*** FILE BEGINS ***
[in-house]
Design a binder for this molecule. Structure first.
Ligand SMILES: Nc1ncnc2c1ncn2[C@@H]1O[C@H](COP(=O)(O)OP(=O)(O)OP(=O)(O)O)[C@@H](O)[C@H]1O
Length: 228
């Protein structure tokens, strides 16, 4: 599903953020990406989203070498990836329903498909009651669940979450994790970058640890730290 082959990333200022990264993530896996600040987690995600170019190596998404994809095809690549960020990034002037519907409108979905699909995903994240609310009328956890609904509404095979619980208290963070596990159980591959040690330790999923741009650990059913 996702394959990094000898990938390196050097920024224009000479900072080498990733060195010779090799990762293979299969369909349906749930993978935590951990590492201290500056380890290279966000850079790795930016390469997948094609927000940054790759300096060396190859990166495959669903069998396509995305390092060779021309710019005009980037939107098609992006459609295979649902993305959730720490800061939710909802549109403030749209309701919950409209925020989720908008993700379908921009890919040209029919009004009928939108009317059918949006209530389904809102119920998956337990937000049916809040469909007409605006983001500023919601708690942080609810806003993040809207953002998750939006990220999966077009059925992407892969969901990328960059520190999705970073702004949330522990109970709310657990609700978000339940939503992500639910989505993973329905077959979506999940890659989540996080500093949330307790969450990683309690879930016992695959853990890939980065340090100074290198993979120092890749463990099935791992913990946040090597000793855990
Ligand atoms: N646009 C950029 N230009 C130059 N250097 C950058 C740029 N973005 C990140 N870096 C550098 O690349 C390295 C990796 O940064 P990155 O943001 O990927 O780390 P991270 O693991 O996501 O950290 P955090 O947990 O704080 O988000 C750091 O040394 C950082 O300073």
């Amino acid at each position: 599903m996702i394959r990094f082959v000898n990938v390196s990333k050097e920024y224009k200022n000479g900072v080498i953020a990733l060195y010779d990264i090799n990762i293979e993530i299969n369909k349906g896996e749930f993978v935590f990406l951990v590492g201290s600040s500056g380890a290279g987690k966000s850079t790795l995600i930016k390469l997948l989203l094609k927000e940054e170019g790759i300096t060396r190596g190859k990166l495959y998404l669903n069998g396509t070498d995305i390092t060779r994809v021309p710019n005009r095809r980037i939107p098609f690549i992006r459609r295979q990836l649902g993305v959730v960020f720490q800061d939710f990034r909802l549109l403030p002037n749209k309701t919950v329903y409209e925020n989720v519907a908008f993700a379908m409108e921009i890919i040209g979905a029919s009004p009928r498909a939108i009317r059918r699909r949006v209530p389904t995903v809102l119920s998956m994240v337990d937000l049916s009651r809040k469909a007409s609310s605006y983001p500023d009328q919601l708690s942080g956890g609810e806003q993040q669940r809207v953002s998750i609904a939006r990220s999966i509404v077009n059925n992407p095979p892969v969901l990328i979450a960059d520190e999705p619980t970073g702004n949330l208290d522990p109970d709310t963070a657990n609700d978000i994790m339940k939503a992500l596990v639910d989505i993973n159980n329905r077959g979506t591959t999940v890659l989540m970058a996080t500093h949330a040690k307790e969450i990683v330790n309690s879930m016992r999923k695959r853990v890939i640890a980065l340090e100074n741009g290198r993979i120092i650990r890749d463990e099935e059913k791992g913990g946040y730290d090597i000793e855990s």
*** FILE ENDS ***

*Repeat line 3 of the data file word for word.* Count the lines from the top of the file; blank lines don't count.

Ligand SMILES: Nc1ncnc2c1ncn2[C@@H]1O[C@H](COP(=O)(O)OP(=O)(O)OP(=O)(O)O)[C@@H](O)[C@H]1O